Persistent Link:
http://hdl.handle.net/10150/183734
Title:
Security and Privacy in Radiology
Author:
Workie, Betre
Affiliation:
The University of Arizona College of Medicine - Phoenix
Issue Date:
28-Oct-2011
Rights:
Copyright © is held by the author. Digital access to this material is made possible by the College of Medicine - Phoenix, University of Arizona. Further transmission, reproduction or presentation (such as public display or performance) of protected items is prohibited except with permission of the author.
Collection Information:
This item is part of the College of Medicine - Phoenix Scholarly Projects 2011 collection. For more information, contact the Phoenix Biomedical Campus Library at pbc-library@email.arizona.edu.
Abstract:
Radiology is one of the most high-tech fields of medicine. The digitization of medical information including radiographic data has led to improved efficiency and productivity but it has also presented new challenges in the area of privacy and security. In this study we have tried to answer some questions regarding how secure the current electronic radiology systems are and what individual and systemic factors affect the security and privacy of confidential patient data. A total of 77 radiologists and radiology residents participated in an online survey which included questions on physical security, computer systems security, and training and prevention. Since there was no objective way to measure overall security, we have used the overall security grade given by survey takers as our outcome, the dependent variable. Multiple regression analysis and ANOVA (Analysis of Variance) analyses were conducted. The regression analysis, with few exceptions, showed that only two variables contributed significantly to the final security grade. One of them was about unauthorized persons gaining access to the radiology facility, and the second one was about locking computer screens when temporarily away from a work station. A separate analysis was done using data for physical security, 4 computer systems security, training and prevention, and other security/privacy questions. Security threat level to current radiology systems is very low; however, the preparedness of these facilities to protect their infrastructure from future attacks is not adequate and there is room for improvement. As far as keeping confidential patient information private, most institutions seem to be doing a good job.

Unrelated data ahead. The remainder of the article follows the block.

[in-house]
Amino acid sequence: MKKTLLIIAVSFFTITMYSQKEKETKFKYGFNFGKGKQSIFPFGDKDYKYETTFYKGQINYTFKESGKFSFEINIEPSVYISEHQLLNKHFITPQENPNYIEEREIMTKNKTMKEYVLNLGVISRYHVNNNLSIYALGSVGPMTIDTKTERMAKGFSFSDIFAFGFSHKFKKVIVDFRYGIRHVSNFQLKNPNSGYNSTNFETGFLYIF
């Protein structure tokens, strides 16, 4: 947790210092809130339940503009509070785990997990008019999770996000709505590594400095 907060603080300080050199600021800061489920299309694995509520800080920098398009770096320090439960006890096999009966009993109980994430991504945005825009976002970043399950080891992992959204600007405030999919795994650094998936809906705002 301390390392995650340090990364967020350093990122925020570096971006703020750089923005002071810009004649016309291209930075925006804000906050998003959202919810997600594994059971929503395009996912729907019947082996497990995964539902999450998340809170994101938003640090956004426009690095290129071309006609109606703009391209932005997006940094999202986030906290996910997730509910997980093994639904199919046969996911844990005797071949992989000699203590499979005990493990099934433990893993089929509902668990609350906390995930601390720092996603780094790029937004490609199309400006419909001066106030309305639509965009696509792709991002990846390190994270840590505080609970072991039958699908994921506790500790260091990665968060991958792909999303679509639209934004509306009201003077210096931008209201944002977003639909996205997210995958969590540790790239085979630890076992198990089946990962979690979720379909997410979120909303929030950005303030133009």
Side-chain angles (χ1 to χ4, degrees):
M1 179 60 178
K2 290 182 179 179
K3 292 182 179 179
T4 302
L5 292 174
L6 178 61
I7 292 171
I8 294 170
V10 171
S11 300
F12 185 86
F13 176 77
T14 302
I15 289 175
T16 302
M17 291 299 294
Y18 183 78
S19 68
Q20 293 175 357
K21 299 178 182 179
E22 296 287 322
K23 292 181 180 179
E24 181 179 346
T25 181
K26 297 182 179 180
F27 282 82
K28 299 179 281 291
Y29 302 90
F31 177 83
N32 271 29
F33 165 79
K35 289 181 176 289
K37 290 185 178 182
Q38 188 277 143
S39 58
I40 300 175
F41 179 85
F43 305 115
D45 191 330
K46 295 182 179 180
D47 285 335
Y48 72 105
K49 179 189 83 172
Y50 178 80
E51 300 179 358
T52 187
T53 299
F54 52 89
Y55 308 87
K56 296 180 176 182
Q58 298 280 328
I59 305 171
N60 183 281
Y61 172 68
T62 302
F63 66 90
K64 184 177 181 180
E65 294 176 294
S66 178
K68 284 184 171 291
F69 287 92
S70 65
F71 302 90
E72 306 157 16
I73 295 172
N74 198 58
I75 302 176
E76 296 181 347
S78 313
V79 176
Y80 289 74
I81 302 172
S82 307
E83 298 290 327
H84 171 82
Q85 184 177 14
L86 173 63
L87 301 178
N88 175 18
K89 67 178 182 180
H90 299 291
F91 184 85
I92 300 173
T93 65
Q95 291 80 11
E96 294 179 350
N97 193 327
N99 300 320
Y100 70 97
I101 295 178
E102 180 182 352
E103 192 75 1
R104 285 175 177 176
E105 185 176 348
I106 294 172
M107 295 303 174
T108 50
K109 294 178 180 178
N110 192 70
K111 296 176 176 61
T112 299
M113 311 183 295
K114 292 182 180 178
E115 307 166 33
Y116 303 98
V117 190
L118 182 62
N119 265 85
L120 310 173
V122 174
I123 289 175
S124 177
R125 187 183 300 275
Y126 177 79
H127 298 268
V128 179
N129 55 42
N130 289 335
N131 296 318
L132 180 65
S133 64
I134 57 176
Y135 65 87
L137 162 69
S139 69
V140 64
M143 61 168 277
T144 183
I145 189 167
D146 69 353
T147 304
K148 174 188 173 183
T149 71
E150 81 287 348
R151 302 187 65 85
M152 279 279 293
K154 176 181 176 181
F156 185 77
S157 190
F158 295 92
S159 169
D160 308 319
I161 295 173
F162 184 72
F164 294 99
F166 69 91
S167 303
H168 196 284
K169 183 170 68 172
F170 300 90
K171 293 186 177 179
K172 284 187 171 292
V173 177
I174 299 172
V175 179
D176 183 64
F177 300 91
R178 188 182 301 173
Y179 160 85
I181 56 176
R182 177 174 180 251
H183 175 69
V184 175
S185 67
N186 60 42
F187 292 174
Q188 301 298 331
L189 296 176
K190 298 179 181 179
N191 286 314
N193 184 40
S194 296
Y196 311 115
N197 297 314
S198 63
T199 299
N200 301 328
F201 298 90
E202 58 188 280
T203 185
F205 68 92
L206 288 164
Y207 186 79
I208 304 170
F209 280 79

MeSH Subjects:
Computer Security; Radiology Information Systems
Description:
A Thesis submitted to The University of Arizona College of Medicine - Phoenix in partial fulfillment of the requirements for the Degree of Doctor of Medicine.
Mentor:
Krupinski, Elizabeth, PhD

Full metadata record

DC FieldValue Language
dc.language.isoen_USen_US
dc.titleSecurity and Privacy in Radiologyen_US
dc.contributor.authorWorkie, Betreen_US
dc.contributor.departmentThe University of Arizona College of Medicine - Phoenixen_US
dc.date.issued2011-10-28T21:16:40Z-
dc.rightsCopyright © is held by the author. Digital access to this material is made possible by the College of Medicine - Phoenix, University of Arizona. Further transmission, reproduction or presentation (such as public display or performance) of protected items is prohibited except with permission of the author.en_US
dc.description.collectioninformationThis item is part of the College of Medicine - Phoenix Scholarly Projects 2011 collection. For more information, contact the Phoenix Biomedical Campus Library at pbc-library@email.arizona.edu.en_US
dc.description.abstractRadiology is one of the most high-tech fields of medicine. The digitization of medical information including radiographic data has led to improved efficiency and productivity but it has also presented new challenges in the area of privacy and security. In this study we have tried to answer some questions regarding how secure the current electronic radiology systems are and what individual and systemic factors affect the security and privacy of confidential patient data. A total of 77 radiologists and radiology residents participated in an online survey which included questions on physical security, computer systems security, and training and prevention. Since there was no objective way to measure overall security, we have used the overall security grade given by survey takers as our outcome, the dependent variable. Multiple regression analysis and ANOVA (Analysis of Variance) analyses were conducted. The regression analysis, with few exceptions, showed that only two variables contributed significantly to the final security grade. One of them was about unauthorized persons gaining access to the radiology facility, and the second one was about locking computer screens when temporarily away from a work station. A separate analysis was done using data for physical security, 4 computer systems security, training and prevention, and other security/privacy questions. Security threat level to current radiology systems is very low; however, the preparedness of these facilities to protect their infrastructure from future attacks is not adequate and there is room for improvement. As far as keeping confidential patient information private, most institutions seem to be doing a good job.en_US
dc.typeThesisen_US
dc.subject.meshComputer Securityen_US
dc.subject.meshRadiology Information Systemsen_US
dc.descriptionA Thesis submitted to The University of Arizona College of Medicine - Phoenix in partial fulfillment of the requirements for the Degree of Doctor of Medicine.en_US
dc.contributor.mentorKrupinski, Elizabeth, PhDen_US
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